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The Bug Butcher Review


Having had no idea of what The Bug Butcher was before I sat down with the game, the only thoughts I had were of the local butchers on the corner where I used to live, how they got closed due to cockroaches in the back of the shop and how it made me cringe every time I walked past. Fortunately though, the butcher in this little indie title isn’t known as a butcher in the traditional sense, but more in the aggressive nature of the term.

The Bug Butcher is an action heavy, 2D side scrolling shoot em’ up developed by Triangle Studios. The story follows Harry, a brash and tenacious pest control expert called in to action by the last surviving scientists of a futuristic research facility on the planet Zoit. His mission? To keep himself and the last remaining scientists alive and protected at all costs until they can complete full decontamination of the facility.

Upon arriving, Harry is met by one of the last remaining scientists, informed that the facility is teaming with powerful alien bugs and that he is the last hope to saving the valuable research. With this information and a weapon firing tutorial that ensures you are fully prepared and up to scratch, Harry heads into the facility to begin his extermination.

The gameplay on offer in The Bug Butcher is very similar to that of the classic arcade vertical shooting seen in titles such as Pang Adventures, with enemies coming into play from the top of the screen, before moving about the screen in constantly changing patterns whilst attacking the player throughout. Meanwhile, the player moves along the bottom of the screen shooting up at all the awful monstrosities coming Harry’s way. Whilst this may not be the most original gaming mechanic to date, Triangle Studios have made sure to add enough of their own twists to give the game its own unique feel, whilst staying true to the genre.

Whilst the controls are certainly simple enough, and the gameplay is perfectly suited for anyone looking for both a quick pick up and play blast or a several hour gaming session, the game itself isn’t quite as simple. Sure, with nothing more than a few minor button inputs required to keep control of everything Harry can do, you would be forgiven for thinking this title could potentially be too simple for its own good. But anyone following that trail of thought only needs to get past the first couple of levels in order to see that the overall gameplay requires much more should you wish to see the end.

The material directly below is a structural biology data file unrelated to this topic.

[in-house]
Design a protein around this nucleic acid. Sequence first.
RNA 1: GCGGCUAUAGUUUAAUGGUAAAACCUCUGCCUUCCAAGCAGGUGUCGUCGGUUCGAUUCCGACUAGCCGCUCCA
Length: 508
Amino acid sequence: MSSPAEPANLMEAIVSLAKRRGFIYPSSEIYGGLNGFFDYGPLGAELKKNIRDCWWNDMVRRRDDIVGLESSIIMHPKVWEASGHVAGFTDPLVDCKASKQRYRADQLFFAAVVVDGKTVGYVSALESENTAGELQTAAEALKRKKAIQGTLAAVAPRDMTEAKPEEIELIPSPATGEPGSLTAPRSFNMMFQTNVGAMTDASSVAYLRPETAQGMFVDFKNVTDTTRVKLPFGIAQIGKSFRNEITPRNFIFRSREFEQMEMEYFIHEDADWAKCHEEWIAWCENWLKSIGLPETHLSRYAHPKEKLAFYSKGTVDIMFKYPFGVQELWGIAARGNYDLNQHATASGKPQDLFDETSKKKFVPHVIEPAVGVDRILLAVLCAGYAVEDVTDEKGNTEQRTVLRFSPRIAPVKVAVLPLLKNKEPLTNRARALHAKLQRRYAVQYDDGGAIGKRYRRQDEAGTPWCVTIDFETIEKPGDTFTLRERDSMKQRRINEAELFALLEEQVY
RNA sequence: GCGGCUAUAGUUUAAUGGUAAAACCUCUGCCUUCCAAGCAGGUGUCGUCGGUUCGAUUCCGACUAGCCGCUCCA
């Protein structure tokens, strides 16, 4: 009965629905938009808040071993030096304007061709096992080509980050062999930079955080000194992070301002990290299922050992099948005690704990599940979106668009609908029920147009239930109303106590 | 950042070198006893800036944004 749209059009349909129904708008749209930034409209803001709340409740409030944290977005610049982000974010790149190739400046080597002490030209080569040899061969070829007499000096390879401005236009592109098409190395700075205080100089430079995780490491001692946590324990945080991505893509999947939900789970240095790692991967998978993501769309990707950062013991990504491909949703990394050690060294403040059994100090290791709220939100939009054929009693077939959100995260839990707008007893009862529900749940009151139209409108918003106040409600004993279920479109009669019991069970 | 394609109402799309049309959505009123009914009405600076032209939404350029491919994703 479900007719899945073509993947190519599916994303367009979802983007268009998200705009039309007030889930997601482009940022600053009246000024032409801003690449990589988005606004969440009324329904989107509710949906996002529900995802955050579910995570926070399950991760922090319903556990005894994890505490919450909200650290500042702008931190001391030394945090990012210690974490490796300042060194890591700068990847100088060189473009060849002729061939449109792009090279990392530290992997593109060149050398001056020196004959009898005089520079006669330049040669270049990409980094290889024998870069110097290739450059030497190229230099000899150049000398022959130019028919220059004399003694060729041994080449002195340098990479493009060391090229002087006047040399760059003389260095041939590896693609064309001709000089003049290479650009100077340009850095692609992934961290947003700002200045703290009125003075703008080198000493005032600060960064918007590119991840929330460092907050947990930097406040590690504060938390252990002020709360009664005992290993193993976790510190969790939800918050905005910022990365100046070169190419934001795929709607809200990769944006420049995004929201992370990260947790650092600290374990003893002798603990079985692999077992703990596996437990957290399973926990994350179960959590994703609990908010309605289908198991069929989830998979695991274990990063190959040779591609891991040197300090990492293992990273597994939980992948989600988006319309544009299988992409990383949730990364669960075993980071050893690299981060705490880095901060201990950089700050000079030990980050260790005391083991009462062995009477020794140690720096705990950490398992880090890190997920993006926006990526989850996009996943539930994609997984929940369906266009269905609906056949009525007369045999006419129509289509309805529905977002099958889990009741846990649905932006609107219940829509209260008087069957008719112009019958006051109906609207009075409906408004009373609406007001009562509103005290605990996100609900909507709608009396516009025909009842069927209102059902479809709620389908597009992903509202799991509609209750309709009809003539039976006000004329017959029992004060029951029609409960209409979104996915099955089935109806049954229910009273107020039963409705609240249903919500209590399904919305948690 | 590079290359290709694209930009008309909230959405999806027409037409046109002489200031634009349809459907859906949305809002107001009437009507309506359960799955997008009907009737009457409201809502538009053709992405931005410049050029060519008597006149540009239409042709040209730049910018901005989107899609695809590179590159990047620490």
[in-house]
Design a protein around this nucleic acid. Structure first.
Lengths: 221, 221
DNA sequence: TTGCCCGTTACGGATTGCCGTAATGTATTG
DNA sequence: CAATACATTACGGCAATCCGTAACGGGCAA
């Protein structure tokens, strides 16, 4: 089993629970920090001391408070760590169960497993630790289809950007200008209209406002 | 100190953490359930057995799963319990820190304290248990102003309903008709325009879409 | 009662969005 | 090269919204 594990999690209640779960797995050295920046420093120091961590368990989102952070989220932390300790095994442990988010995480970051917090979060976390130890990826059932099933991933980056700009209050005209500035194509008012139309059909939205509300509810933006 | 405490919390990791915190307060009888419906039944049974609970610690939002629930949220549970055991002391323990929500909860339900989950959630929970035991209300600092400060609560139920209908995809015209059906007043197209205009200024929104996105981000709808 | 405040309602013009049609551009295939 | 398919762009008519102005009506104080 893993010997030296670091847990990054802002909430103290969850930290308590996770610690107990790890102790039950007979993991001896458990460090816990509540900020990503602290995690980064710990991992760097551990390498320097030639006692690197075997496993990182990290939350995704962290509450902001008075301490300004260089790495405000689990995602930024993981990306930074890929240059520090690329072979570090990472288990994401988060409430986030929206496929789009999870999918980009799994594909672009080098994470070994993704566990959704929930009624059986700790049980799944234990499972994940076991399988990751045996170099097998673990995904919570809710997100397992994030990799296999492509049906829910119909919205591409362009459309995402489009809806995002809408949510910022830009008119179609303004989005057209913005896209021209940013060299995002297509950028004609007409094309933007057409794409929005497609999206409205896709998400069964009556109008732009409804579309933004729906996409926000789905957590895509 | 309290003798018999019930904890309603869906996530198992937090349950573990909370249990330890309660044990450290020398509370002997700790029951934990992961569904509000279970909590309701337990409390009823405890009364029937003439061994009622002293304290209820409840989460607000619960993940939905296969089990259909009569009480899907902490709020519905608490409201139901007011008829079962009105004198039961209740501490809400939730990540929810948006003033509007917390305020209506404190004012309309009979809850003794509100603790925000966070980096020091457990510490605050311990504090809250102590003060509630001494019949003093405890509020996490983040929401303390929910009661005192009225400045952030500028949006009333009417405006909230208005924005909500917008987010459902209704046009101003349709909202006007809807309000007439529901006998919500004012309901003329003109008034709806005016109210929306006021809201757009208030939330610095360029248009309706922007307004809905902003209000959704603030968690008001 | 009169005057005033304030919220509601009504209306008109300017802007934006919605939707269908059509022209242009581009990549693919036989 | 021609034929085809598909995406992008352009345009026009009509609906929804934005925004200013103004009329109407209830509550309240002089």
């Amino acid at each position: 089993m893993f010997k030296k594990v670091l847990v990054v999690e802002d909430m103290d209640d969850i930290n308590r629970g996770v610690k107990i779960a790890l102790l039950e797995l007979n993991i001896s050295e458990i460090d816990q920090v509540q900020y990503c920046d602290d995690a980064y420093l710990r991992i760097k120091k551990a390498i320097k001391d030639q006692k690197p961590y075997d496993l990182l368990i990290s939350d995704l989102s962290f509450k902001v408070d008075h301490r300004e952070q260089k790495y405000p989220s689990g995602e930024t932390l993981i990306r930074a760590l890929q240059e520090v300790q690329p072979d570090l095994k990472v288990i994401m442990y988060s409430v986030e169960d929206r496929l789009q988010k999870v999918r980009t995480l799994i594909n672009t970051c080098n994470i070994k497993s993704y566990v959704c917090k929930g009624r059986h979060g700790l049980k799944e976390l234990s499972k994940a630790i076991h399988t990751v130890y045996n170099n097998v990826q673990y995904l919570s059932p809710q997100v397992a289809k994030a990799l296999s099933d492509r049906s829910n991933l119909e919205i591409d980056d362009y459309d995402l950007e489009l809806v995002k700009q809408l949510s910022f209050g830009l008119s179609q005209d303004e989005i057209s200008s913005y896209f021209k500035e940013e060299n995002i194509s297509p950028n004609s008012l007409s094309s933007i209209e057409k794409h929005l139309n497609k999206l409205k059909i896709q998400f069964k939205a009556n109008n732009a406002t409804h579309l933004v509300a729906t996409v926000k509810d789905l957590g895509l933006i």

Taking place over 30 different levels, through five floors of the research facility, The Bug Butcher certainly has a decent opportunity to show off its best assets. After blasting my way through every last one of the alien critters, I can finally say that this is a game that certainly adds value to one of gaming’s oldest and best genres.

Whilst many titles throw you in at the deep end before watching you die over and over until you put down the controller, and others hold your hand too much to the point you feel more like you’re watching the game play out rather than taking part, not many are known to get the perfect balance to ensure enjoyable gameplay. Whilst the first few floors do a great job of getting the player used to some of the different enemy types, and showcase some of the more important features such as new weapons and upgrades that will be used throughout, the later levels really start to ramp up the difficulty. Initially you will require to do nothing more than make some quick dashing moves left and right as to evade the enemies. Later levels though will see you harnessing all the fire-power, power-ups and upgrades available to ensure you’re still alive at the end. And that’s just in order to complete each level.